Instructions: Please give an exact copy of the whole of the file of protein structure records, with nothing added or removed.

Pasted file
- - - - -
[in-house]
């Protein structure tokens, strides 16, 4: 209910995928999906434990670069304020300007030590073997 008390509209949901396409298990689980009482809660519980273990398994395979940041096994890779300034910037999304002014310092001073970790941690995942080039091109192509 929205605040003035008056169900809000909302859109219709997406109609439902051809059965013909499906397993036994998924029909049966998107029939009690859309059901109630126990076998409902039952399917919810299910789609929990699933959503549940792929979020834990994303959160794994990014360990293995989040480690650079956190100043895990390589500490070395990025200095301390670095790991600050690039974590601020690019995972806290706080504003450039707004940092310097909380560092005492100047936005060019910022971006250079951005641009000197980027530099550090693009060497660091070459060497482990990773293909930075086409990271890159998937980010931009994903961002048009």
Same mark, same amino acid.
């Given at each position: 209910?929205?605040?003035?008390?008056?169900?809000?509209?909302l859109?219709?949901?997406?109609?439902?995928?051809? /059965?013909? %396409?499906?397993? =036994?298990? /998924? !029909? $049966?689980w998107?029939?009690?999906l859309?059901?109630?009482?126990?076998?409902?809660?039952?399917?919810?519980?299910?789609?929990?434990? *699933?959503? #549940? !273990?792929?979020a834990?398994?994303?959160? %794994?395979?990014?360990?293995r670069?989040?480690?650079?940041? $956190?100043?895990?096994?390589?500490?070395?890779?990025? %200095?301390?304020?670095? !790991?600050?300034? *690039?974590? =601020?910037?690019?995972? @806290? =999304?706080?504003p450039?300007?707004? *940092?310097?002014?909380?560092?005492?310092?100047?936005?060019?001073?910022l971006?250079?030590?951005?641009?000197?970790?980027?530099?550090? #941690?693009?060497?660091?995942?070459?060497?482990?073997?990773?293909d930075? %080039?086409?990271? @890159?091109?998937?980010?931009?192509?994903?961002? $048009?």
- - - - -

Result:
[in-house]
């Protein structure tokens, strides 16, 4: 209910995928999906434990670069304020300007030590073997 008390509209949901396409298990689980009482809660519980273990398994395979940041096994890779300034910037999304002014310092001073970790941690995942080039091109192509 929205605040003035008056169900809000909302859109219709997406109609439902051809059965013909499906397993036994998924029909049966998107029939009690859309059901109630126990076998409902039952399917919810299910789609929990699933959503549940792929979020834990994303959160794994990014360990293995989040480690650079956190100043895990390589500490070395990025200095301390670095790991600050690039974590601020690019995972806290706080504003450039707004940092310097909380560092005492100047936005060019910022971006250079951005641009000197980027530099550090693009060497660091070459060497482990990773293909930075086409990271890159998937980010931009994903961002048009």
Same mark, same amino acid.
């Given at each position: 209910?929205?605040?003035?008390?008056?169900?809000?509209?909302l859109?219709?949901?997406?109609?439902?995928?051809? /059965?013909? %396409?499906?397993? =036994?298990? /998924? !029909? $049966?689980w998107?029939?009690?999906l859309?059901?109630?009482?126990?076998?409902?809660?039952?399917?919810?519980?299910?789609?929990?434990? *699933?959503? #549940? !273990?792929?979020a834990?398994?994303?959160? %794994?395979?990014?360990?293995r670069?989040?480690?650079?940041? $956190?100043?895990?096994?390589?500490?070395?890779?990025? %200095?301390?304020?670095? !790991?600050?300034? *690039?974590? =601020?910037?690019?995972? @806290? =999304?706080?504003p450039?300007?707004? *940092?310097?002014?909380?560092?005492?310092?100047?936005?060019?001073?910022l971006?250079?030590?951005?641009?000197?970790?980027?530099?550090? #941690?693009?060497?660091?995942?070459?060497?482990?073997?990773?293909d930075? %080039?086409?990271? @890159?091109?998937?980010?931009?192509?994903?961002? $048009?």